“We’ve learned that nothing is guaranteed because in 2012, we had the most players back from a state championship team but fell short.” He stresses, “whenever you are ranked No. 1, there is a big target on your back. It’s never easy to repeat a state championship, which brings us back to taking one game at a time.”

Other returnees who were starters in the state championship game are forwards Sophie Bubnar (senior) and Domi Amato (junior) and goalkeeper Natalie Deitering (sophomore).

“Rachel has great confidence in her scoring touch and can score from 25 yards out or take the ball to the net and bury it,” Moody says. “That natural goal-scoring ability is hard to find. Sophie’s technical ability to create offense is unreal. Kennedy is so fast that we can always find her with a long pass and know she will control it and take the ball to the net. Domi is also important to generating offense.”

Deitering was allowing just 1.04 goals per game with nine shutouts through 16 games. She only gave up two goals in last season’s final four playoff games.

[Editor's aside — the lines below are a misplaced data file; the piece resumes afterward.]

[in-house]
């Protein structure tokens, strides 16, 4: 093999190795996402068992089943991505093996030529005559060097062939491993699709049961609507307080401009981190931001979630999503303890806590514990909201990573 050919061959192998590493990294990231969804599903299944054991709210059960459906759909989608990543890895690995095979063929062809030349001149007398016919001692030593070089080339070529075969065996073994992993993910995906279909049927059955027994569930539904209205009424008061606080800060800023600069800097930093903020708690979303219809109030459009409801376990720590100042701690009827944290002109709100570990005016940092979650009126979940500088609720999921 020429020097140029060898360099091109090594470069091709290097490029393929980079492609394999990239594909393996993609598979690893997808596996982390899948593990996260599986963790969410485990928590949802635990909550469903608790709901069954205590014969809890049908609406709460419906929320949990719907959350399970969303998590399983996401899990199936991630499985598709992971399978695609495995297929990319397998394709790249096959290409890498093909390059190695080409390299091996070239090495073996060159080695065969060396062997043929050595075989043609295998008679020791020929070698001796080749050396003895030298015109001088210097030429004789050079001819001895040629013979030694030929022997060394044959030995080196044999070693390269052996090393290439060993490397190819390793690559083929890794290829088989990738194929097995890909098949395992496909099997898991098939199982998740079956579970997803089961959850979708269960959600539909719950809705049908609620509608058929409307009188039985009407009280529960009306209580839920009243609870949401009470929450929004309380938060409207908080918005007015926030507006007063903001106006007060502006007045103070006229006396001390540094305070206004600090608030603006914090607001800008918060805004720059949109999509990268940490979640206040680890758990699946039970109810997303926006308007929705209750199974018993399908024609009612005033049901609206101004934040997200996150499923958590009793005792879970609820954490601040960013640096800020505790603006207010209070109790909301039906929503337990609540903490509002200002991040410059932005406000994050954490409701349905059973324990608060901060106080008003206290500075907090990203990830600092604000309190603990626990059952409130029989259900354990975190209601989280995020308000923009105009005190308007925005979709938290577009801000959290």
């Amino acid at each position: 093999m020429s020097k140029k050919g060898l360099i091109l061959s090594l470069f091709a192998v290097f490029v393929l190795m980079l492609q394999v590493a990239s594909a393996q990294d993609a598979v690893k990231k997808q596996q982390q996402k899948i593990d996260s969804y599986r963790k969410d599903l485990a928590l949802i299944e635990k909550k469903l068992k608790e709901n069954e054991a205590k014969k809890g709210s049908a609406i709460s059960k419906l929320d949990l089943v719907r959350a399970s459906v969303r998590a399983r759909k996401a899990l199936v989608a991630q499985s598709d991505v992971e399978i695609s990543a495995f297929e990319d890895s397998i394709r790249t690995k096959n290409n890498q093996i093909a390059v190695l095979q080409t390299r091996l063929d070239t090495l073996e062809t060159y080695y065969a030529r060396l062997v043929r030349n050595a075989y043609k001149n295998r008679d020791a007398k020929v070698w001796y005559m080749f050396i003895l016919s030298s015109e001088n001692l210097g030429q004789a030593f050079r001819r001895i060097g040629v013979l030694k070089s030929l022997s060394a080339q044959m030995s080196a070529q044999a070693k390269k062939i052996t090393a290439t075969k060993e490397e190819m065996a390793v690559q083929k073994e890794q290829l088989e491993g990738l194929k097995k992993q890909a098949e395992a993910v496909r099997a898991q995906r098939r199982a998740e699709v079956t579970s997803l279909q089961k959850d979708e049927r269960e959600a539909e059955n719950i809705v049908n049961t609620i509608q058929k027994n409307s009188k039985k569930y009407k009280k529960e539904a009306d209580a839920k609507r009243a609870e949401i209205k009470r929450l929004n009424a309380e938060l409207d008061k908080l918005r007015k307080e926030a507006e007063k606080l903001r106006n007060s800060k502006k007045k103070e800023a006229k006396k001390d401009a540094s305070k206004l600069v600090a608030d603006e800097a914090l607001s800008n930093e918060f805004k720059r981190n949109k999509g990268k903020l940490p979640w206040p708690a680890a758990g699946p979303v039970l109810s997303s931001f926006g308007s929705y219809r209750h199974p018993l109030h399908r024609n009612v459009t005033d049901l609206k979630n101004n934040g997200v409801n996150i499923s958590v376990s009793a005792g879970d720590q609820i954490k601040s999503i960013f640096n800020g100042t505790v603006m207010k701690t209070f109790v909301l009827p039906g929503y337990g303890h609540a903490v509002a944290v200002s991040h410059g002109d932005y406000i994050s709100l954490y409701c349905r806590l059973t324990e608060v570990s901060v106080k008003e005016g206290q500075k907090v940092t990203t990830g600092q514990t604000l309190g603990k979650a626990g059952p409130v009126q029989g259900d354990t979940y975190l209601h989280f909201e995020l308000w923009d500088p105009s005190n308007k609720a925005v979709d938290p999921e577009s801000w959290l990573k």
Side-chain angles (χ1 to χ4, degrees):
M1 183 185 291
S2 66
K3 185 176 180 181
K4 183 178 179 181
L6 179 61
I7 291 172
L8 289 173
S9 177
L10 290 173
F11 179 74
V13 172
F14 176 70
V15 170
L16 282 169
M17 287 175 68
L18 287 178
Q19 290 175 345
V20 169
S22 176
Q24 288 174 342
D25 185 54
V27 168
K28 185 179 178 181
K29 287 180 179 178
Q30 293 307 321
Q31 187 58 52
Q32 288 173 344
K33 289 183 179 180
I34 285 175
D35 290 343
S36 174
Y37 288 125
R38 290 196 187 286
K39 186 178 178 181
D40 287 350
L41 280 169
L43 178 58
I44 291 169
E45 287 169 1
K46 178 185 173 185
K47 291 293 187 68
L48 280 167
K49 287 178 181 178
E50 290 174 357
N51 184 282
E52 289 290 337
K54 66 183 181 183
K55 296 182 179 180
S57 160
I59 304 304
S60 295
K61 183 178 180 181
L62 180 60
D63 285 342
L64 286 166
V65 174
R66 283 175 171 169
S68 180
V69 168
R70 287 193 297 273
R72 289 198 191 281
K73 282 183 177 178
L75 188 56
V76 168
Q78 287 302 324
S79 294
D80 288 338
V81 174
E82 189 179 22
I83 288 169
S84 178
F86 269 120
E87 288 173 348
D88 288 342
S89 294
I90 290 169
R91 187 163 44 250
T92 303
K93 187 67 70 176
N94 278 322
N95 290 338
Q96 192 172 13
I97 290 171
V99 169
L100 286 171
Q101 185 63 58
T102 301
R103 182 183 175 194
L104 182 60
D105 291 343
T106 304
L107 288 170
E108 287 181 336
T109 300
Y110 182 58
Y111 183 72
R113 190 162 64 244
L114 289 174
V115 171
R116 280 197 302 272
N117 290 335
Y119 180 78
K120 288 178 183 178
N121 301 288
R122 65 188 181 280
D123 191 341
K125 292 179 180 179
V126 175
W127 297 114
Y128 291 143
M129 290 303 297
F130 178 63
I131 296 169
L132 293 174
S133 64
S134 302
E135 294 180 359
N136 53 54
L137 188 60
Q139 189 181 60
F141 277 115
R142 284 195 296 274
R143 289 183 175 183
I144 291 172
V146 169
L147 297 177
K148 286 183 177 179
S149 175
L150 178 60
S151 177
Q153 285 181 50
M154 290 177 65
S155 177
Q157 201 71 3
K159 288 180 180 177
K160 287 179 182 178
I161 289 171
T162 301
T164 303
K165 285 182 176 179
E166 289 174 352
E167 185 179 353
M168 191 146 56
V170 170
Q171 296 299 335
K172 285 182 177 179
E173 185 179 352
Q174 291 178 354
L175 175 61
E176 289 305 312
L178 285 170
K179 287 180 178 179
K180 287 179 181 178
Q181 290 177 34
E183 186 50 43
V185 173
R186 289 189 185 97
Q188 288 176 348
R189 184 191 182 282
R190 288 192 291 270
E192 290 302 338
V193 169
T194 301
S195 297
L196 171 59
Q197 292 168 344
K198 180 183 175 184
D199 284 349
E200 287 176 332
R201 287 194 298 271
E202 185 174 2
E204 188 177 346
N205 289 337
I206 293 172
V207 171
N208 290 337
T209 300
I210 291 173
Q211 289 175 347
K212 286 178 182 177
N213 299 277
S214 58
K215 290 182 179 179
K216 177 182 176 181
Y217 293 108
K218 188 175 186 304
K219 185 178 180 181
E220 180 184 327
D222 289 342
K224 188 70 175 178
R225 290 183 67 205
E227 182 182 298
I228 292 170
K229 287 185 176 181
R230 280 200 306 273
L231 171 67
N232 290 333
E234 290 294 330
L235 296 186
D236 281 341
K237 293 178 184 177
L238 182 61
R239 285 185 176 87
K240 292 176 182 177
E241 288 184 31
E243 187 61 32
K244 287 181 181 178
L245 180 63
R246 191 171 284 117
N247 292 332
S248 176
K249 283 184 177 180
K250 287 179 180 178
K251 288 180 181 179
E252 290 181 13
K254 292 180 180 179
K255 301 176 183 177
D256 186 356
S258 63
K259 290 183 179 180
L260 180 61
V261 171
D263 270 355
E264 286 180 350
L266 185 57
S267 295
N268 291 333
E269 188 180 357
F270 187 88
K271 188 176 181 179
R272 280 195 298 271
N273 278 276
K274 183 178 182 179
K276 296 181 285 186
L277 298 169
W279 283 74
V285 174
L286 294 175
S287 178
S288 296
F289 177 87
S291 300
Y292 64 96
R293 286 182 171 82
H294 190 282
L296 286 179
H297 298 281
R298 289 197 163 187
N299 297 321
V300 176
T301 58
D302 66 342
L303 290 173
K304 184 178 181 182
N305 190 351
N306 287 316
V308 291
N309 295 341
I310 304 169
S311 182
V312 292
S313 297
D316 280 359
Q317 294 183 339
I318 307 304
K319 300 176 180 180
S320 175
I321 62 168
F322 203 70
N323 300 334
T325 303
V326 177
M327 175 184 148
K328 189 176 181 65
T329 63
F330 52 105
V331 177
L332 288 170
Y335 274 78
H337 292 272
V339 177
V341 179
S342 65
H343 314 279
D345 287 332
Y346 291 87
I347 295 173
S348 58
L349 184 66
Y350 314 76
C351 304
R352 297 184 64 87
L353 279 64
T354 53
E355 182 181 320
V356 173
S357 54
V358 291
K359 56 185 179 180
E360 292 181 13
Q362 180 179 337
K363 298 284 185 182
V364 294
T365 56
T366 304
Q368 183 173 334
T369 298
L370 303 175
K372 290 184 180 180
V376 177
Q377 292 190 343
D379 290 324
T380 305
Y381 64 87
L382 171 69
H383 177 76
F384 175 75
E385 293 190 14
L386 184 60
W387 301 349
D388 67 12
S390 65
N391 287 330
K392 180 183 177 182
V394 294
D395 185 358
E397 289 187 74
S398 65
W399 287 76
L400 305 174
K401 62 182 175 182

“Having our goalie back is great because we are really comfortable with Natalie in net,” Myers says. “That’s made having new players on defense easier and our experience upfront makes us really strong.”

Fortunately, senior Maddie Cardinal, a midfielder who played for Powers as a freshman and sophomore before spending last season earning All-District honors at Bandera (Texas) High School, has returned. Her sister Kate, a defender, is the lone varsity freshman. 

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“We have fun together, share plenty of laughs, but there is no fooling around when it comes to preparing for games.”
– Coach Art Moody

Others who played in the 2017 state-title game are seniors Savannah Thomas (midfield), Elise Beiderman (defender), Arianna Mueller (defender) and Jaclyn Thompson (forward), and junior midfielders Emma and Camryn Murlick. Rounding out the defense is first-year varsity player Emily Lendzion, a sophomore.